For many of us, this inherently makes sense – after all, having nothing is certainly much worse than the advantage of having more of something you already have. The reason our mind thinks about the world this way likely has an evolutionary origin. As humans have evolved, our brains have been programmed to do things that help us avoid the worst loss that a living organism can typically experience: DEATH. In our attempt to stave off our own demise, our brains urge us not to do things that increase our chances of suffering harm. At its fundamental level, the loss of resources can be considered a harm that moves us closer to possible death – because having no food or shelter is a great way to succumb to the harsh reality of the untamed natural world. Of course, having more food and better shelter is a good way to prevent death, but having nothing essentially guarantees it. Therefore, our brain makes us feel more pain when we are threatened with losing resources, compared to the pleasure it gives us when we accumulate more.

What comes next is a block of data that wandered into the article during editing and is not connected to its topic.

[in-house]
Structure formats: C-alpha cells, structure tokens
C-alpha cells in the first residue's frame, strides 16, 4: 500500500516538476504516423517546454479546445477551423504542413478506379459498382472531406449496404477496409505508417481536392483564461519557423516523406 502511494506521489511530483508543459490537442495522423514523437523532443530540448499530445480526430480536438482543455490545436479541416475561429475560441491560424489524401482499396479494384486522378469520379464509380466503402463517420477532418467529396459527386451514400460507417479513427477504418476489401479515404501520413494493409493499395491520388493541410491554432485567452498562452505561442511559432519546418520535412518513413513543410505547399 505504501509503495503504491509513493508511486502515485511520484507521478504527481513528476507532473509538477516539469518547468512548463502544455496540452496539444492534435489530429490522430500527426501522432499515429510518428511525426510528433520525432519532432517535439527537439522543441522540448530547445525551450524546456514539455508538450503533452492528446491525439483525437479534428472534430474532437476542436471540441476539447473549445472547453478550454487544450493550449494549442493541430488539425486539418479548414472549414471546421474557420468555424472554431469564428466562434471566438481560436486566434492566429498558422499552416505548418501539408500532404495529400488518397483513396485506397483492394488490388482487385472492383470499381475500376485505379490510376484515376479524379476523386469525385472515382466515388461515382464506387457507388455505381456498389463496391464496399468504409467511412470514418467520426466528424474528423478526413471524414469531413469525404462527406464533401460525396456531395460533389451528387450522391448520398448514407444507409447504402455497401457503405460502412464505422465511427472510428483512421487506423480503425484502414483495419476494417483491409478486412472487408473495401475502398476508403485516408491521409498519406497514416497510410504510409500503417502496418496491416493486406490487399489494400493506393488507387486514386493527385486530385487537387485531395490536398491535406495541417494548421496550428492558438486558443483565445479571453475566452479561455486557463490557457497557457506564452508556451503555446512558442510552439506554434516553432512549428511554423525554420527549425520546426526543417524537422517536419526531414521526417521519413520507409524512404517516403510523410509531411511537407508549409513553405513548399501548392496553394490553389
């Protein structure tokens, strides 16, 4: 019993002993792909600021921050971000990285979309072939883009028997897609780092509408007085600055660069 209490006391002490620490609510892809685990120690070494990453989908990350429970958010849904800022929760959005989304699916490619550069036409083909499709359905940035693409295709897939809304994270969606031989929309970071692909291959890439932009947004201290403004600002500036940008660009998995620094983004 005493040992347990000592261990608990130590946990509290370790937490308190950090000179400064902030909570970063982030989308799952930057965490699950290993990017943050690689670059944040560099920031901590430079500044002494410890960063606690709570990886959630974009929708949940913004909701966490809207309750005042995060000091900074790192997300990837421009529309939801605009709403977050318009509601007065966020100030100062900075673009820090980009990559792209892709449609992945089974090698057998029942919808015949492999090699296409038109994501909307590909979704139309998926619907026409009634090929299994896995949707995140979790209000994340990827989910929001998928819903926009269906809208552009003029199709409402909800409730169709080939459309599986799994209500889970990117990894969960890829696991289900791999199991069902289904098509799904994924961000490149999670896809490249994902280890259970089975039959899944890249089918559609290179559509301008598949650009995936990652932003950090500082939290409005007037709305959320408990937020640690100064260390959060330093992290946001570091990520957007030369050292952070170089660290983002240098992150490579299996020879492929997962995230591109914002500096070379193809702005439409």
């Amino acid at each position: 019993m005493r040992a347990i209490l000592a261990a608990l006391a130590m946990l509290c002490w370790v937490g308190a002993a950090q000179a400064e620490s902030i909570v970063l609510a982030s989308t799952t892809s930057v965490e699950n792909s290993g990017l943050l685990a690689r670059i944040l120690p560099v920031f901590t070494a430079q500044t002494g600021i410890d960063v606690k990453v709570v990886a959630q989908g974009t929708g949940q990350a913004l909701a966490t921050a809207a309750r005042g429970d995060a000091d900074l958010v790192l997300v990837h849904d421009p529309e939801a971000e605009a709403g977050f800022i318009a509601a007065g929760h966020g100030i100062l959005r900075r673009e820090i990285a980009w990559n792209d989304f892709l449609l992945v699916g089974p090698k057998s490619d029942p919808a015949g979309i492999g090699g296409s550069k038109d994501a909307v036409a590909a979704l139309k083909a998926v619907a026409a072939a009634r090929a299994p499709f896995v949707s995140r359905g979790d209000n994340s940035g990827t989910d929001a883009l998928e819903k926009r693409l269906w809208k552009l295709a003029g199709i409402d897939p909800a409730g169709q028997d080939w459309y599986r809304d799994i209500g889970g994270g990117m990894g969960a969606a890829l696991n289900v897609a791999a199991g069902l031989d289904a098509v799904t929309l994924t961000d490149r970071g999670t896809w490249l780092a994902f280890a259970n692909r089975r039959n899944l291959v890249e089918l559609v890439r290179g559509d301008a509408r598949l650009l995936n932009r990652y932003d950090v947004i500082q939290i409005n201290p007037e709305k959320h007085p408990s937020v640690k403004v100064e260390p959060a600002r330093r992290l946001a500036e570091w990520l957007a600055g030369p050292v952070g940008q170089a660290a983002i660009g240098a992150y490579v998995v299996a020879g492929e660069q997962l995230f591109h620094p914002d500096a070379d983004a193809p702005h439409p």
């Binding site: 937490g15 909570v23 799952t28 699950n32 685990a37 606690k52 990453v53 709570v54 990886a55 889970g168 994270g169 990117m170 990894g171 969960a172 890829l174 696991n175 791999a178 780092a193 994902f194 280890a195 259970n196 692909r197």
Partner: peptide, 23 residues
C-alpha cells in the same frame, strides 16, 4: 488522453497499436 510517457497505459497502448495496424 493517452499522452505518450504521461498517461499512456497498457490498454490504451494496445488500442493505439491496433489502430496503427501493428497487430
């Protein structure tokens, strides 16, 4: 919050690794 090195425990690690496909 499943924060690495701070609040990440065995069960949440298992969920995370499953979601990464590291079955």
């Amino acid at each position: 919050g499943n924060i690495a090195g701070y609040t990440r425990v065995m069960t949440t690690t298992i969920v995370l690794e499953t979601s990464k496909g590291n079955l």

Why understanding loss aversion is important when making investment decisions

When it comes to building our wealth, one important consequence of the human tendency towards loss aversion is that, for most people, the fear of losing money is greater than the excitement of making money. Unfortunately, this instinctual bias can sometimes lead to poor investment decisions and prevent individuals from maximizing their returns.

For example, recall the imaginary $10,000 you wanted to invest. Say you used that money to buy stock in a well-performing company that has historically increased in value over long periods of time. If the value of that stock suddenly dropped 20%, you might feel the urge to sell your remaining shares of the company to avoid further losses. However, in most situations, this would probably be a bad idea, because over the long-term, the stock will most likely recoup its losses and even become more valuable than when you purchased it. Thus, if you followed the urge to sell, you not only would have actually lost much more than if you had just waited, but you also would have missed out on long-term gains. In this way, loss aversion would harm you.